In the wiring diagram seen in Fig. 3 it will be evident that the signalling alarms may be an electric lamp or light 50 constituting the visible signal or, alternatively, a simple doorbell 52 constituting the audible signal. The contacts are represented here as at 44 and 46 with the contact 44 wired at 54 to a storage battery 56 and the signal suitably wired in the manner shown. As before stated the wiring diagram is merely to assist one in obtaining a quick but nevertheless comprehensive understanding of the nature of the signal.
By mounting the device on the roof in the manner seen in Fig. 1 with the crest or highest point of elevation of the inclined plane 18 at the desired level it will be seen that the actuator becomes an advance guard, as it were, and results. in bringing the signal into play in a seemingly obvious manner.
By equipping a conveyance or vehicle with the construction shown and described a satisfactory and reliable roof clearance and warning construction will be had.
The foregoing is considered as illustrative only of the principles of the invention. Further, since numerous modifications and changes will readily occur to those skilled in the art, it is not desired to limit the invention to the exact construction and operation shown and described, and accordingly all suitable modifications and equivalents may be resorted to, falling within the scope of the invention as claimed.
What is claimed as new is as follows:
1. In combination, a vehicle body having a forward end portion and a roof portion, a horizontally elongated actuator member having a leading edge in a plane below the plane of said roof portion and a trailing edge in a plane above the plane of said roof portion, that part of said actuator being rigid and having an inclined plane, a housing disposed at right angles to said member, at least one arm connected to said actuator and extending into and pivotally mounted in said housing, stationary contact elements mounted in said housing, and a relatively movable contact element carried by the pivoted end of said arm and movable toward and from said stationary contact elements, and a coil spring interposed between a wall of the housing and the cooperating portion of said arm.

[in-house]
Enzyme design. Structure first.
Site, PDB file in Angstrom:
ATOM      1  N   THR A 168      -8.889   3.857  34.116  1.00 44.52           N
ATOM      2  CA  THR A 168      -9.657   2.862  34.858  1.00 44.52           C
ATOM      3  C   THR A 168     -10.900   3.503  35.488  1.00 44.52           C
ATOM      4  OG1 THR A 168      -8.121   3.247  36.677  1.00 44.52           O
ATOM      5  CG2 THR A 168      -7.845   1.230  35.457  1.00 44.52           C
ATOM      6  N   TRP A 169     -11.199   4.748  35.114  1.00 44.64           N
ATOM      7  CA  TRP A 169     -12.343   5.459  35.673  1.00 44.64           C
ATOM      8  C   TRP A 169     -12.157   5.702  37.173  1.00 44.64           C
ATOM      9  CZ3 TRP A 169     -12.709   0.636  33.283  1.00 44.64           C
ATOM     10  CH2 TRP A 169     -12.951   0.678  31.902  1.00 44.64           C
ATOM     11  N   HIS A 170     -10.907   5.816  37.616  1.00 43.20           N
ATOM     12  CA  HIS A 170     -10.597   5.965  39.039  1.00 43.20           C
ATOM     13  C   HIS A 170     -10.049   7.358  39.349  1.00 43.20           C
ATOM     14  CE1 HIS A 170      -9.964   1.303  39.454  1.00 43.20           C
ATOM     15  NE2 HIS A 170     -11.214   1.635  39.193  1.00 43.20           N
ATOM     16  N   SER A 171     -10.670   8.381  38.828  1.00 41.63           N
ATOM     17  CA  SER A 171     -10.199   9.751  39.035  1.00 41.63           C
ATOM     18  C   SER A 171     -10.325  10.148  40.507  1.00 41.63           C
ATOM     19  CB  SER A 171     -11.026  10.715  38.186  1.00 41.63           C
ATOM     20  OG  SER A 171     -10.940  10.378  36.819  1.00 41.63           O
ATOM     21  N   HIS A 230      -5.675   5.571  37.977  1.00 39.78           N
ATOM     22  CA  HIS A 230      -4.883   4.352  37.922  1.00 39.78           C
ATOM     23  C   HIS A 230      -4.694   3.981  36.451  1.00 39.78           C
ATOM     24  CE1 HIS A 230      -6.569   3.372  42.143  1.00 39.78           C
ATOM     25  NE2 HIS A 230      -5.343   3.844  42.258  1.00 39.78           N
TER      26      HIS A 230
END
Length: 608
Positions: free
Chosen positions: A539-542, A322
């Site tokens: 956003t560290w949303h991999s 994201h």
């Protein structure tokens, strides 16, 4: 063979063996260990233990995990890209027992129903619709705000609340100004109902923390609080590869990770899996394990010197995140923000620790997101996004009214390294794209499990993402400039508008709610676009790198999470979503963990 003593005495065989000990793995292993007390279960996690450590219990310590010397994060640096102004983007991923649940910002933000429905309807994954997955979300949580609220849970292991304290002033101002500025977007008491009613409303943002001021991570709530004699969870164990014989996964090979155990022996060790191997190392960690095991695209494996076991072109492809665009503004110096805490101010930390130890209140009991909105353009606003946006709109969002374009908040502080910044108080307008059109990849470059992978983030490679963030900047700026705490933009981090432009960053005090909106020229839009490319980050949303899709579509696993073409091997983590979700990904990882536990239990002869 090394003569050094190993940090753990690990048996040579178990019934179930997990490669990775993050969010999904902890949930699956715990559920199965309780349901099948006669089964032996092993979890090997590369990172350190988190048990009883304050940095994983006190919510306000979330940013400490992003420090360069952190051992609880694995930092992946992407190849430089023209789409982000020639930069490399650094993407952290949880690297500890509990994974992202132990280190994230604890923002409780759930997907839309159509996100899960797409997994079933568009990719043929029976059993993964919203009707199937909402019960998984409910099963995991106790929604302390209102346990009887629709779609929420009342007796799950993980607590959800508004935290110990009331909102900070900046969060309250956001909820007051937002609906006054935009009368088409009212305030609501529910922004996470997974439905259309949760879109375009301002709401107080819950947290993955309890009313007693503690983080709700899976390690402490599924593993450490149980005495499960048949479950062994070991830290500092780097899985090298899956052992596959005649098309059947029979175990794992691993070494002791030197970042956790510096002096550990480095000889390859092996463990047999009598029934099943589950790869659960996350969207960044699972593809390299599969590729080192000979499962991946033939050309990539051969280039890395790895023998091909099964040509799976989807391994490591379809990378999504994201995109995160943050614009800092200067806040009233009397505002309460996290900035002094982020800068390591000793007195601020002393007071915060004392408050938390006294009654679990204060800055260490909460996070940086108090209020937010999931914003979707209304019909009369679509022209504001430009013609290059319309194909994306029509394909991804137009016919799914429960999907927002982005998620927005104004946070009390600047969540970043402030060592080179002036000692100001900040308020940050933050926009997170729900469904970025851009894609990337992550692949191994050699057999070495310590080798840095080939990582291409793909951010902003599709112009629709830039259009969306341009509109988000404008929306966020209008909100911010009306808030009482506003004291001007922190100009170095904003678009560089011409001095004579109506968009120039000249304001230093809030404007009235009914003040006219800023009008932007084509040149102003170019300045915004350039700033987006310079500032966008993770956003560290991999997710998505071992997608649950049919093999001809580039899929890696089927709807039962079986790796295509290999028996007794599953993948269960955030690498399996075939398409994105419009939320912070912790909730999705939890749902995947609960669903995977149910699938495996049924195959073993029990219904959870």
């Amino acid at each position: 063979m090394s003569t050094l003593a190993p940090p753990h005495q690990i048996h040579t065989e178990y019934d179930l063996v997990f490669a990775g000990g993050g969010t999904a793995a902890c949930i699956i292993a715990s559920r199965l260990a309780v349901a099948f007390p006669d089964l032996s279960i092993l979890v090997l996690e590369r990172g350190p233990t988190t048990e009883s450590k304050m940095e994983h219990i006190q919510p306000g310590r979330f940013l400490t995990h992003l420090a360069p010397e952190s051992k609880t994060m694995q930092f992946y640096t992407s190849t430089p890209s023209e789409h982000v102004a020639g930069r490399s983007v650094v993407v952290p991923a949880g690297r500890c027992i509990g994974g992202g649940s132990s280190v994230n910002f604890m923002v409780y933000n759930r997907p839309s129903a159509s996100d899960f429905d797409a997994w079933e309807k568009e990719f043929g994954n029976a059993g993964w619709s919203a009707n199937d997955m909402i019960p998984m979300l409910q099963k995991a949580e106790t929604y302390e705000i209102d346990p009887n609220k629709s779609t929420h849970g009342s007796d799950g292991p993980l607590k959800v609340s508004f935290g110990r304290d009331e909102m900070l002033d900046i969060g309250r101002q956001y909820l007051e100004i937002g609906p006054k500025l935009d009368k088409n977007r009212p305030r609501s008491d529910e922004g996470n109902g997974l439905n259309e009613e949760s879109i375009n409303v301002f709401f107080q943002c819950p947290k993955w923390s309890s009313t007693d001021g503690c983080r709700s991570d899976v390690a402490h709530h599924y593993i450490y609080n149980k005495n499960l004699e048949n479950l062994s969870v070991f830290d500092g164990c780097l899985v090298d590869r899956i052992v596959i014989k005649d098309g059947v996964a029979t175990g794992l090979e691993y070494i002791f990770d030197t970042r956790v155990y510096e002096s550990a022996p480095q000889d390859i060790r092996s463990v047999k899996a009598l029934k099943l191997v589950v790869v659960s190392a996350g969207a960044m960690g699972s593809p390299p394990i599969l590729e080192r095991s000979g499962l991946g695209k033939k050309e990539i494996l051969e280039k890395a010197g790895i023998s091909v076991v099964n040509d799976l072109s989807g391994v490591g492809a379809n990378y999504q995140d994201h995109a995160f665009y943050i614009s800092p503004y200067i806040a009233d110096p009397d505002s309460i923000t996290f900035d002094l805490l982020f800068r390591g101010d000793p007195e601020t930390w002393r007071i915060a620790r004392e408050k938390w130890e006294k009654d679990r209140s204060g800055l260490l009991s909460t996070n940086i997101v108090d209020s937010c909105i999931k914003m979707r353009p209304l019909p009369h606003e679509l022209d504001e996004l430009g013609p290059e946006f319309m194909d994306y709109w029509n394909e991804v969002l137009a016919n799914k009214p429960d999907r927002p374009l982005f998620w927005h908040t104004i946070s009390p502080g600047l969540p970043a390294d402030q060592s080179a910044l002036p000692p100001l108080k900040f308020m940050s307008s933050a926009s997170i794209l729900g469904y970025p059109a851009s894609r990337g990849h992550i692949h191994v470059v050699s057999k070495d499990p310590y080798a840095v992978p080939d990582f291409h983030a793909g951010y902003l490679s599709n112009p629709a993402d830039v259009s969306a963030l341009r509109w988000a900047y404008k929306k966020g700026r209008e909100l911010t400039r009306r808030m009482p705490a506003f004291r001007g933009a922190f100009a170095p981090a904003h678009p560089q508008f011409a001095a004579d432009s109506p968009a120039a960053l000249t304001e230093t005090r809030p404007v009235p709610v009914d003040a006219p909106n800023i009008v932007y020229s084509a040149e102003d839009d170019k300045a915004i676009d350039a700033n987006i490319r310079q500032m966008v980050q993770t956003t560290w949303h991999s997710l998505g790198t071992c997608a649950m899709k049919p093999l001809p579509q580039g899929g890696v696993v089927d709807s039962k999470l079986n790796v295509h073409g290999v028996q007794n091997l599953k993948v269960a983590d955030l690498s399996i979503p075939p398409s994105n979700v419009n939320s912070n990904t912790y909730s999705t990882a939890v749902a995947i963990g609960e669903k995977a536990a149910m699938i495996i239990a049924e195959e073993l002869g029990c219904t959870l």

2. An attachment for the upper forward end portion of the body of a truck comprising a visor-shaped actuating member of a length which is adapted to extend suitably and transversely across the forward end portion in a plane and position to cooperate with the top surface of the roof of said body, said member providing an inclined camming surface, a leading edge adapted to assume a position in the plane below the plane of the roof portion, and a trailing edge adapted to have a plane above the plane of the top surface of said roof portion, said actuator being provided at one end with a rearwardly and laterally disposed trip arm, said arm being connected at its forward end to one end of said actuator member, an elongated housing which is adapted to be mounted at Patented July 7, 19 59 right angles on a side portion of the body with an open forward "end cooperating with an adjacent end of said member, said arm telescoping into and being pivotally mounted intermediate its ends'in said housing to function within the confines of the housing, the rear end of said arm having a contact element thereon, a cooperating adjacent wall portion of said housing being provided with relatively stationary contaot'elements, the thus stationary movable contact elements providing a circuit make and break device to be used in opening and closinga signalling wi 3. The structure defined in claim 2 and a second arm similar to the first arm having a forward end connected to References Cited in the file of this patent UNITED STATES PATENTS 1,625,505 Stump et a1. Apr. 19, 1927 1,973,275 Babson Sept, 11, 1934 2,214,685 Stone Sept.10, 1940 2,554,371 Marx May 22, 1951 2,567,443 OMeara Sept. 11, 1951